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Keywords:

  • apoptosis;
  • hepatoblastoma;
  • kinase inhibitor;
  • sorafenib;
  • tumour growth;
  • xenograft

Abstract

Background

Multidrug resistance is a major reason for poor treatment results in advanced hepatoblastoma (HB). Several alternative treatment options are currently under investigation to improve the prognosis of affected patients

Aims

This study aimed to analyse the impact of sorafenib on the viability of HB cells and xenotransplanted HB tumours.

Methods

Cell viability and apoptosis were evaluated in two HB cell lines (HUH6 and HepT1) after treatment with sorafenib using MTT and Caspase 3 activation assay. Extracellular signal-regulated kinase (ERK) phosphorylation was investigated using Western blot. In addition, sorafenib (30 mg/kg) was administered orally to NMRI mice bearing subcutaneous HUH6 derived tumours. Tumour progression and viability were monitored by tumour volume and α-fetoprotein (AFP) levels, and apoptosis was assessed using TUNEL assay. Tumour angiogenesis and mean vascular density (MVD) was determined using CD31 staining, ERK phosphorylation was detected using indirect immunofluorescence.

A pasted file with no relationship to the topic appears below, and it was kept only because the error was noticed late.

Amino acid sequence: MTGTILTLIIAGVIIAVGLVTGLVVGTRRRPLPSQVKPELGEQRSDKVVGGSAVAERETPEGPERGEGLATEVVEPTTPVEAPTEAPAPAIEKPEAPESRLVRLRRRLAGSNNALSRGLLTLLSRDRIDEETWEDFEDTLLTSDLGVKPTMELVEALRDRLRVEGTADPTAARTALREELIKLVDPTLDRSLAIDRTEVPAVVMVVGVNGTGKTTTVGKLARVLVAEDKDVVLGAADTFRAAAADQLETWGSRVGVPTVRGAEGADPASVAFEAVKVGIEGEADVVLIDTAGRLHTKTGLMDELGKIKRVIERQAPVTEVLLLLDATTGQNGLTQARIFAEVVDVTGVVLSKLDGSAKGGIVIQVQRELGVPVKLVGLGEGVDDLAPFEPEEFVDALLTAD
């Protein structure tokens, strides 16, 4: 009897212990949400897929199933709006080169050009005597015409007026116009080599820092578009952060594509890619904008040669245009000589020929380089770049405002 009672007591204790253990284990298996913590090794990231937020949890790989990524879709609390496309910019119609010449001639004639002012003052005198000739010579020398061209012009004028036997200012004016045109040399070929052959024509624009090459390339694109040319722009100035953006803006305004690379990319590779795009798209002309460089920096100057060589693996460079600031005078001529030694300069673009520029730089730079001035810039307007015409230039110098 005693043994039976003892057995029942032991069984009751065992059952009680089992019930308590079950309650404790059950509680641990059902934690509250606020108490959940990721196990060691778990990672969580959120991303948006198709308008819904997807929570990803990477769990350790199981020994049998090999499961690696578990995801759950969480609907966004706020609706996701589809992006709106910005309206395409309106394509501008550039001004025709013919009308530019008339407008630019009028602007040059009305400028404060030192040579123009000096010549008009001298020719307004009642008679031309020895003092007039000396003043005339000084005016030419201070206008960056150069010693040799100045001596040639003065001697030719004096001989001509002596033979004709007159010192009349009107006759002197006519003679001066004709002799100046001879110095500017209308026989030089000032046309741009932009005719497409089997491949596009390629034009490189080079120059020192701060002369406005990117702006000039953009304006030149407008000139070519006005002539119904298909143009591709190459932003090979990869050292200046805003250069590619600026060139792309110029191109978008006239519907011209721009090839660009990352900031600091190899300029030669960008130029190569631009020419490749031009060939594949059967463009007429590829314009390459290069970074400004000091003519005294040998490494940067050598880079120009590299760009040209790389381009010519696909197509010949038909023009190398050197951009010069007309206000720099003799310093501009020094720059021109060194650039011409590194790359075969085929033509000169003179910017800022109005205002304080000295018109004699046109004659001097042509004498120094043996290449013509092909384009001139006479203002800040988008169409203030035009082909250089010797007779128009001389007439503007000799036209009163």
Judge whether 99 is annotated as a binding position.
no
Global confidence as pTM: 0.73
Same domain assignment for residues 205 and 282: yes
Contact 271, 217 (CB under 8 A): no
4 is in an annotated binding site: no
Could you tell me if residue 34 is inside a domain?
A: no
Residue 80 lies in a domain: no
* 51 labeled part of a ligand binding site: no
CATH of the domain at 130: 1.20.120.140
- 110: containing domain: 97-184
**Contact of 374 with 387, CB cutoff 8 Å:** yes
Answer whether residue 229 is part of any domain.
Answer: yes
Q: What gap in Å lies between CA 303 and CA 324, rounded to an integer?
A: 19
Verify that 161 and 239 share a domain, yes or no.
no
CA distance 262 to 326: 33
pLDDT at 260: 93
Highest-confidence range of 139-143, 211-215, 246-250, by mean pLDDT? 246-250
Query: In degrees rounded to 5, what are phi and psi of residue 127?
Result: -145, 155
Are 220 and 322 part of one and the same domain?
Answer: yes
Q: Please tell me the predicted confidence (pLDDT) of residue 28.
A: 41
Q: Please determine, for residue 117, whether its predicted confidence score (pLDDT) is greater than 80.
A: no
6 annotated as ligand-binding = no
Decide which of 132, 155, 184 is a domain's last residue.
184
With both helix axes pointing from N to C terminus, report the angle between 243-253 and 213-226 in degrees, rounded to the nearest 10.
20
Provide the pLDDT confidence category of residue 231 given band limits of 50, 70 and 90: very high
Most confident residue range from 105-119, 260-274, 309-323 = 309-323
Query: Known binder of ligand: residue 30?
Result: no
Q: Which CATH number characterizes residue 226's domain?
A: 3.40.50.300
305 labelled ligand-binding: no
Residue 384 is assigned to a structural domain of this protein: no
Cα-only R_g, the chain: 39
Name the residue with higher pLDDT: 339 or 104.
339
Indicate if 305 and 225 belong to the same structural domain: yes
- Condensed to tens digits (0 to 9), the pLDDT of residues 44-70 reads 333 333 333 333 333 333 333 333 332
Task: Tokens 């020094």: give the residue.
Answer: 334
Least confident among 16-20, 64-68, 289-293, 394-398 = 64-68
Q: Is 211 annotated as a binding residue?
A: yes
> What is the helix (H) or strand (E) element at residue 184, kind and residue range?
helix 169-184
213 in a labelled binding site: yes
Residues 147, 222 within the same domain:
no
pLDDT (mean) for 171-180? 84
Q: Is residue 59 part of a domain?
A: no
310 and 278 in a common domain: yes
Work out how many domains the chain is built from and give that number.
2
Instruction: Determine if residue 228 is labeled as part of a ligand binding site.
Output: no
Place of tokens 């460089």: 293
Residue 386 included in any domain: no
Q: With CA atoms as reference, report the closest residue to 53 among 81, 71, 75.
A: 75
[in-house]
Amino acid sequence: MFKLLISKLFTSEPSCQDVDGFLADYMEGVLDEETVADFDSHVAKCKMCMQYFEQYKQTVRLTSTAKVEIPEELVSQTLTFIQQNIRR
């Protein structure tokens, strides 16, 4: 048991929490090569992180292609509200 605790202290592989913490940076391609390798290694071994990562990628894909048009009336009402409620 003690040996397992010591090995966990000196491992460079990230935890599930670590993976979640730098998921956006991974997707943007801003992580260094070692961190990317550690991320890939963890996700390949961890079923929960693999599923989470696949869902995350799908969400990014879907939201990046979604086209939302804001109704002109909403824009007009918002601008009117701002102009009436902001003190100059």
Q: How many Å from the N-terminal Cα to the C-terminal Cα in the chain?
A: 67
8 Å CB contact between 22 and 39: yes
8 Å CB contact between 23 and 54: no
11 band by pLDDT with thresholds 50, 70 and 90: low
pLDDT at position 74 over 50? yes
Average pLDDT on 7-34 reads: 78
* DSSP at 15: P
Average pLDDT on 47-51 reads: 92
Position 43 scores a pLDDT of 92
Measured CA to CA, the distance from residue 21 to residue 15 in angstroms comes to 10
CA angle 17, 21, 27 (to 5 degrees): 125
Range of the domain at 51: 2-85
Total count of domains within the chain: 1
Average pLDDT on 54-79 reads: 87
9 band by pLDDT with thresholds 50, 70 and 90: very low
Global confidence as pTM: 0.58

Results

Treatment with sorafenib led to decreased ERK phosphorylation, reduced cell viability and induction of apoptosis in HepT1 and HUH6 cells. In HB xenografts, sorafenib significantly reduced tumour growth compared with control (P < 0.05). AFP levels were lower in the sorafenib group (P = 0.07). Relative apoptotic areas detected using TUNEL assay were increased (P = 0.003). CD31 staining revealed inhibition of angiogenesis, and mean vascular density was lower in the sorafenib group (P = 0.02). ERK phosphorylation was reduced in tumours tissues after sorafenib treatment.

Conclusion

Treatment with sorafenib led to a potent inhibition of cell viability, tumour progression and angiogenesis. Sorafenib might therefore also be a promising treatment option for high risk or recurrent HB.